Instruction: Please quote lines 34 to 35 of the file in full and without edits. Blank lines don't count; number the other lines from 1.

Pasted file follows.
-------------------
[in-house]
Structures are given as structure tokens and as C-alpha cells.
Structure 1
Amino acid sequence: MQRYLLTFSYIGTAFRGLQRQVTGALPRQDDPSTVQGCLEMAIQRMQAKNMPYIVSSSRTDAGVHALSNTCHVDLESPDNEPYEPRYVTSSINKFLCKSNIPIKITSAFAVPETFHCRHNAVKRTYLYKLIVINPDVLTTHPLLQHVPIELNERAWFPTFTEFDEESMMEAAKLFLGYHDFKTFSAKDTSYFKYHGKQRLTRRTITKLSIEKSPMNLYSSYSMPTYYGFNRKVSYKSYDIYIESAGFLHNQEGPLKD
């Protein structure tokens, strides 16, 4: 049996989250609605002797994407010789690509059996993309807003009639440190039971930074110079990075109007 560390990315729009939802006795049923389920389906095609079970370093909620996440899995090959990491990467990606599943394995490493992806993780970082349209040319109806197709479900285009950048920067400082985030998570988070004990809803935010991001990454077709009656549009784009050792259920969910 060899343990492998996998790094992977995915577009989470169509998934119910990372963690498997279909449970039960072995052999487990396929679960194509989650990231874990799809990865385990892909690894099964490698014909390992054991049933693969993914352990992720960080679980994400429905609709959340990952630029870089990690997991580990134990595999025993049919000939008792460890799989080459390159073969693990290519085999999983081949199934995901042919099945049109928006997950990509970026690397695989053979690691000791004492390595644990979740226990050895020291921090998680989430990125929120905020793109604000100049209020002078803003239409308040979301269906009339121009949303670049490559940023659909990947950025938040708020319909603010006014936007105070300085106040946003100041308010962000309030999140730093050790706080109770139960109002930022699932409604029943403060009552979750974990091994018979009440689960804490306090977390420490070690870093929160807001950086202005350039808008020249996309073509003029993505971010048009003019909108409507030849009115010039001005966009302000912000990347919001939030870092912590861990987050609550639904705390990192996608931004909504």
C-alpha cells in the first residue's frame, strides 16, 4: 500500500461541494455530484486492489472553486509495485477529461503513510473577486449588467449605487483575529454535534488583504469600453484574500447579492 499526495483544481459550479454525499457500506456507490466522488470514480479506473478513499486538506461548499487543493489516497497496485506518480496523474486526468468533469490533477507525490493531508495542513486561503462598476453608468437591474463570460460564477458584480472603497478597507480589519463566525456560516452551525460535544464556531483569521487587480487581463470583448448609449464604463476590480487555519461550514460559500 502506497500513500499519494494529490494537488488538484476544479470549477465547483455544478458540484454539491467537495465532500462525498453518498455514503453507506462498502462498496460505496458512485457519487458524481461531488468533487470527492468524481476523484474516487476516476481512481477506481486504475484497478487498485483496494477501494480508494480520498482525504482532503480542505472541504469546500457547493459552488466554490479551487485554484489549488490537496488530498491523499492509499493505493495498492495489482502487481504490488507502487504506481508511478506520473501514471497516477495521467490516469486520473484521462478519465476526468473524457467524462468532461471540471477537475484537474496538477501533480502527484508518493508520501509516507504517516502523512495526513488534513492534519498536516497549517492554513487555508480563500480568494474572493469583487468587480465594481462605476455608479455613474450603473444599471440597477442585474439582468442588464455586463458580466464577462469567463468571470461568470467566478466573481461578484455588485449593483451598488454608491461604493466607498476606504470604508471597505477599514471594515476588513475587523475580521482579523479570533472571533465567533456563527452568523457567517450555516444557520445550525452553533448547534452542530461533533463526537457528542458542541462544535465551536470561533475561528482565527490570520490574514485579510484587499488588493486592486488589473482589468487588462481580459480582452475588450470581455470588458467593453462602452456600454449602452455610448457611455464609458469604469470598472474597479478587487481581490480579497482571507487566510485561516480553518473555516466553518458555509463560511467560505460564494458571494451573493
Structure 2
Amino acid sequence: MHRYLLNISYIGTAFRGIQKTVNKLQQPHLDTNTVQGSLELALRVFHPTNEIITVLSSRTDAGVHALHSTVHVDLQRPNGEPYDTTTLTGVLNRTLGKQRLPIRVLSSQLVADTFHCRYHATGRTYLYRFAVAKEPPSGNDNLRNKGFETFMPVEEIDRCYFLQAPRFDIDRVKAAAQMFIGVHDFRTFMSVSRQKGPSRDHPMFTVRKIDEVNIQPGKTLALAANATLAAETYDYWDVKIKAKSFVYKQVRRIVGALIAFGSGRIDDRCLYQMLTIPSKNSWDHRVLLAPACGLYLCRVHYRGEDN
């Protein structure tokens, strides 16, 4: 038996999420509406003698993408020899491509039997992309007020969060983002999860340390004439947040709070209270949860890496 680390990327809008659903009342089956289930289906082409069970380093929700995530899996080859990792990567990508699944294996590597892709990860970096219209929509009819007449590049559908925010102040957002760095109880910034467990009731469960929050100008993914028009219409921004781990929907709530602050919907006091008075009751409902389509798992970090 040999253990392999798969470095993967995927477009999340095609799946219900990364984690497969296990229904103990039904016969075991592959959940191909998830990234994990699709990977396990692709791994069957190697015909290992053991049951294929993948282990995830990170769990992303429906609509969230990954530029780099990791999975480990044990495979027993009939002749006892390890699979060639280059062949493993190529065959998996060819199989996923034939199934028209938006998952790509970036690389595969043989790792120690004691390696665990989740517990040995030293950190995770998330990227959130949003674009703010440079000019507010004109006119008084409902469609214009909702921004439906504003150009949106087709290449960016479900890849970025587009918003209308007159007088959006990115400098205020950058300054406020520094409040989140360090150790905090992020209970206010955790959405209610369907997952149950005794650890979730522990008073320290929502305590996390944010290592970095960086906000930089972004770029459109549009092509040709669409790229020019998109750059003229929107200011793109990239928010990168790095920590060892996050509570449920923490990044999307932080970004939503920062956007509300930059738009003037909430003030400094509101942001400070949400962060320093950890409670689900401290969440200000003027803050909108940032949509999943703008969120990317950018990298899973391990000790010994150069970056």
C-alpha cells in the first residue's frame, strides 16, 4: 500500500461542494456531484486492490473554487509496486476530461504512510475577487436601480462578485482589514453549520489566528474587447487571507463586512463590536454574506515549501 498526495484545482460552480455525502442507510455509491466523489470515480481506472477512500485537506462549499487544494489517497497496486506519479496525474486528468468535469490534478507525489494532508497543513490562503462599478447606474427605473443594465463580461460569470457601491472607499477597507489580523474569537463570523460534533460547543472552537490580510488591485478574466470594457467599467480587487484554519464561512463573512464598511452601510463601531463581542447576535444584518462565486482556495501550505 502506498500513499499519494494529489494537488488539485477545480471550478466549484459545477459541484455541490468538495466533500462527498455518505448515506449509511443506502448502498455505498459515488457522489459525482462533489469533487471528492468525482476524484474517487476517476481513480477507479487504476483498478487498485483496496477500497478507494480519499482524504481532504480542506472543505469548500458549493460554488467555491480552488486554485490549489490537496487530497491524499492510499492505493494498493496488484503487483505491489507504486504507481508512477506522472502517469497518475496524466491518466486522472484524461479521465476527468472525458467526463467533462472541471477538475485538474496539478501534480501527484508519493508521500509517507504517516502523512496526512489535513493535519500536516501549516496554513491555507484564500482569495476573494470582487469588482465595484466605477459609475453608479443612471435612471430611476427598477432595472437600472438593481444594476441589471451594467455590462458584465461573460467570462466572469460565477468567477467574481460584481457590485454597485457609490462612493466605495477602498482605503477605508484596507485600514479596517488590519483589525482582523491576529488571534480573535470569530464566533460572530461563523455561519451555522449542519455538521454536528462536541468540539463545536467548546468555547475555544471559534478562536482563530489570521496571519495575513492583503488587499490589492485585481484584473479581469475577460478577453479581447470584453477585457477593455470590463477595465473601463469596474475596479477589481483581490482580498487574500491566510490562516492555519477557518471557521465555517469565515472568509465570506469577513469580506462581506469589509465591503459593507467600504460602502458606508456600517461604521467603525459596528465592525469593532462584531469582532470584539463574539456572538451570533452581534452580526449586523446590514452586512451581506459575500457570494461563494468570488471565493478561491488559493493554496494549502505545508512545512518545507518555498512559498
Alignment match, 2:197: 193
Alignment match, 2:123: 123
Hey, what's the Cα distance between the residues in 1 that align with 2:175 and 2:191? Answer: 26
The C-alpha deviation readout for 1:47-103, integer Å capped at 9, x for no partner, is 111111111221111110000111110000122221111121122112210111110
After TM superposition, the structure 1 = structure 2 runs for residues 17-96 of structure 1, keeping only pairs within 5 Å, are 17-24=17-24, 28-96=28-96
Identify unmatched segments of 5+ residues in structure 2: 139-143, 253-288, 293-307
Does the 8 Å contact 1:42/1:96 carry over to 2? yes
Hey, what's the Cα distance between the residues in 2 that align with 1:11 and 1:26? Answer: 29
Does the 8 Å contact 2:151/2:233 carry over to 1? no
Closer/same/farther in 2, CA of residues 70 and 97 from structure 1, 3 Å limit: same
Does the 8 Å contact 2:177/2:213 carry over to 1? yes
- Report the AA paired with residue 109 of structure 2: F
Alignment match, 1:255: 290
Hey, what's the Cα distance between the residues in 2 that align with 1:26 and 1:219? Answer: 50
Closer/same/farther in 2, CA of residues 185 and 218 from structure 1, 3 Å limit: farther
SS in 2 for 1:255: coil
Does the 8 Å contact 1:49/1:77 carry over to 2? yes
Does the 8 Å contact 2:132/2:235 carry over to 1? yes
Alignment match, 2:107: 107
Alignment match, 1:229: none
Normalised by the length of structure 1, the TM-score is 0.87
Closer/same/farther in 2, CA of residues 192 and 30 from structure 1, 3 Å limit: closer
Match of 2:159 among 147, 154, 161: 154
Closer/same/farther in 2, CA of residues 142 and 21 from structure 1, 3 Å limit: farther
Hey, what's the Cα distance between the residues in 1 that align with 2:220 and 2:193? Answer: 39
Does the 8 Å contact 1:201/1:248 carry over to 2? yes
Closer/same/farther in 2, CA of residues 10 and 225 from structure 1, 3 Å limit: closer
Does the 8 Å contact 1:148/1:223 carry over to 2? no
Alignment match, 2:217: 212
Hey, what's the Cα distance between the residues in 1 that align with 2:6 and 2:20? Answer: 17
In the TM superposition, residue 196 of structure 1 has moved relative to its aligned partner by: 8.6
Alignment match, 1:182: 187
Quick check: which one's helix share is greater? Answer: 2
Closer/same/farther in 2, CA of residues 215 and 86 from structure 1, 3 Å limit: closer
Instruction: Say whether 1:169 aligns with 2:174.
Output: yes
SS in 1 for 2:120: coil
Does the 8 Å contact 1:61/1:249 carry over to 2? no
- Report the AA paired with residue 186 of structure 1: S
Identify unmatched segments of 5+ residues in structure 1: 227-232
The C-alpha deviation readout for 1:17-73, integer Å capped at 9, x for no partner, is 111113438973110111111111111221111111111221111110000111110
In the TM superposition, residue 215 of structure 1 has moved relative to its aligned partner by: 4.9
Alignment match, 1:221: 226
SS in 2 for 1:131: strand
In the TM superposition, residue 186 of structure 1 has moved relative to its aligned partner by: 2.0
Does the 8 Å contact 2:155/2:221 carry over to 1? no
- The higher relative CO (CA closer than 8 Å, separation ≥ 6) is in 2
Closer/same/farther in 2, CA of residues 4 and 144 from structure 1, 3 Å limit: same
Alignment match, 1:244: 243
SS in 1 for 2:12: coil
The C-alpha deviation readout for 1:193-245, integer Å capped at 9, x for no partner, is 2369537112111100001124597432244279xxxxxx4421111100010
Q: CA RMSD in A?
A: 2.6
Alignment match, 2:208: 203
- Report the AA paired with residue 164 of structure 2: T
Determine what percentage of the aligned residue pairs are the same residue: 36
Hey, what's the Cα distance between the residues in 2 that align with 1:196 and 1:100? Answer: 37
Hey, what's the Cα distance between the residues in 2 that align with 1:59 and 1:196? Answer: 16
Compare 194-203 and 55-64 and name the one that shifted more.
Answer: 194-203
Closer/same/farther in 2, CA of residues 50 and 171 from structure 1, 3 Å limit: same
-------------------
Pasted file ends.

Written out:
Closer/same/farther in 2, CA of residues 142 and 21 from structure 1, 3 Å limit: farther
Hey, what's the Cα distance between the residues in 1 that align with 2:220 and 2:193? Answer: 39